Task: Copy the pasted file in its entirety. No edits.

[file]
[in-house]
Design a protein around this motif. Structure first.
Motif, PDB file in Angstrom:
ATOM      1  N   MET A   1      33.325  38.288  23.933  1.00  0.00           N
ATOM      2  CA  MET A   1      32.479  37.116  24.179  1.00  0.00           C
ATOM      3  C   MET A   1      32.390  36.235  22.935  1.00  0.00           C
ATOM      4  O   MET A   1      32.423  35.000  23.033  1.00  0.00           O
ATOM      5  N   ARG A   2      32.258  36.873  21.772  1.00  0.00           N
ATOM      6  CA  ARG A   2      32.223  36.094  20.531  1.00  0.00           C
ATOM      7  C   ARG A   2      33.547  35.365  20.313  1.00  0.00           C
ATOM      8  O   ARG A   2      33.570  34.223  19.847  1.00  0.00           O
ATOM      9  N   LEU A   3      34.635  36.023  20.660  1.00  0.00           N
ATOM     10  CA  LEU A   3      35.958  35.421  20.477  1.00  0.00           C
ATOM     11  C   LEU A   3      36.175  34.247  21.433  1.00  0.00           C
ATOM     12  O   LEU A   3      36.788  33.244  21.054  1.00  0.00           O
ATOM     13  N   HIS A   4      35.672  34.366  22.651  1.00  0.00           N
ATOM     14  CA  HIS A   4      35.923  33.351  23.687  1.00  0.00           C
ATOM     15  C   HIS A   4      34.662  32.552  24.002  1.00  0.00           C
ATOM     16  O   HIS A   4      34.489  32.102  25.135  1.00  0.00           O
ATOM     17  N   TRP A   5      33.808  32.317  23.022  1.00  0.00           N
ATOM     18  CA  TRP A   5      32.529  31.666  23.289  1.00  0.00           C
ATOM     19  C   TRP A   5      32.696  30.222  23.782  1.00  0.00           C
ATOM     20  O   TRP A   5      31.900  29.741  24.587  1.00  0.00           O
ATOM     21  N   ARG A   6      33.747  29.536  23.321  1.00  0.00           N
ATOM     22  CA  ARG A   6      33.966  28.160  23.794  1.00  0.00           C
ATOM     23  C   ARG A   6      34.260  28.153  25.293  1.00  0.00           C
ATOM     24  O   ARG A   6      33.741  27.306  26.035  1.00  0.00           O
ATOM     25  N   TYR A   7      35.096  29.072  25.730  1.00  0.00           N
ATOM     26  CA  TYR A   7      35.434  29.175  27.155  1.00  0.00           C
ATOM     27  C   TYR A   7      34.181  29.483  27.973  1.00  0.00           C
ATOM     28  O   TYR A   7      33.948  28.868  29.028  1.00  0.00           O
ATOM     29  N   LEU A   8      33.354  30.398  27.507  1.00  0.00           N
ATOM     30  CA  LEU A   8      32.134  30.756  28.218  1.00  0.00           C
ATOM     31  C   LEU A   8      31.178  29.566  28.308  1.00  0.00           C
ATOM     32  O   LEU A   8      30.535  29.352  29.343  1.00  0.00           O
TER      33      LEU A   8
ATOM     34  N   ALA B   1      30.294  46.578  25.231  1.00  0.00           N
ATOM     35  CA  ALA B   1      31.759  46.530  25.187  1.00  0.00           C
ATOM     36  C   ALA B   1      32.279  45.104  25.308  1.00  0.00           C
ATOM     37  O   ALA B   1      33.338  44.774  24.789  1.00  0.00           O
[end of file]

[in-house]
Design a protein around this motif. Structure first.
Motif, PDB file in Angstrom:
ATOM      1  N   MET A   1      33.325  38.288  23.933  1.00  0.00           N
ATOM      2  CA  MET A   1      32.479  37.116  24.179  1.00  0.00           C
ATOM      3  C   MET A   1      32.390  36.235  22.935  1.00  0.00           C
ATOM      4  O   MET A   1      32.423  35.000  23.033  1.00  0.00           O
ATOM      5  N   ARG A   2      32.258  36.873  21.772  1.00  0.00           N
ATOM      6  CA  ARG A   2      32.223  36.094  20.531  1.00  0.00           C
ATOM      7  C   ARG A   2      33.547  35.365  20.313  1.00  0.00           C
ATOM      8  O   ARG A   2      33.570  34.223  19.847  1.00  0.00           O
ATOM      9  N   LEU A   3      34.635  36.023  20.660  1.00  0.00           N
ATOM     10  CA  LEU A   3      35.958  35.421  20.477  1.00  0.00           C
ATOM     11  C   LEU A   3      36.175  34.247  21.433  1.00  0.00           C
ATOM     12  O   LEU A   3      36.788  33.244  21.054  1.00  0.00           O
ATOM     13  N   HIS A   4      35.672  34.366  22.651  1.00  0.00           N
ATOM     14  CA  HIS A   4      35.923  33.351  23.687  1.00  0.00           C
ATOM     15  C   HIS A   4      34.662  32.552  24.002  1.00  0.00           C
ATOM     16  O   HIS A   4      34.489  32.102  25.135  1.00  0.00           O
ATOM     17  N   TRP A   5      33.808  32.317  23.022  1.00  0.00           N
ATOM     18  CA  TRP A   5      32.529  31.666  23.289  1.00  0.00           C
ATOM     19  C   TRP A   5      32.696  30.222  23.782  1.00  0.00           C
ATOM     20  O   TRP A   5      31.900  29.741  24.587  1.00  0.00           O
ATOM     21  N   ARG A   6      33.747  29.536  23.321  1.00  0.00           N
ATOM     22  CA  ARG A   6      33.966  28.160  23.794  1.00  0.00           C
ATOM     23  C   ARG A   6      34.260  28.153  25.293  1.00  0.00           C
ATOM     24  O   ARG A   6      33.741  27.306  26.035  1.00  0.00           O
ATOM     25  N   TYR A   7      35.096  29.072  25.730  1.00  0.00           N
ATOM     26  CA  TYR A   7      35.434  29.175  27.155  1.00  0.00           C
ATOM     27  C   TYR A   7      34.181  29.483  27.973  1.00  0.00           C
ATOM     28  O   TYR A   7      33.948  28.868  29.028  1.00  0.00           O
ATOM     29  N   LEU A   8      33.354  30.398  27.507  1.00  0.00           N
ATOM     30  CA  LEU A   8      32.134  30.756  28.218  1.00  0.00           C
ATOM     31  C   LEU A   8      31.178  29.566  28.308  1.00  0.00           C
ATOM     32  O   LEU A   8      30.535  29.352  29.343  1.00  0.00           O
TER      33      LEU A   8
ATOM     34  N   ALA B   1      30.294  46.578  25.231  1.00  0.00           N
ATOM     35  CA  ALA B   1      31.759  46.530  25.187  1.00  0.00           C
ATOM     36  C   ALA B   1      32.279  45.104  25.308  1.00  0.00           C
ATOM     37  O   ALA B   1      33.338  44.774  24.789  1.00  0.00           O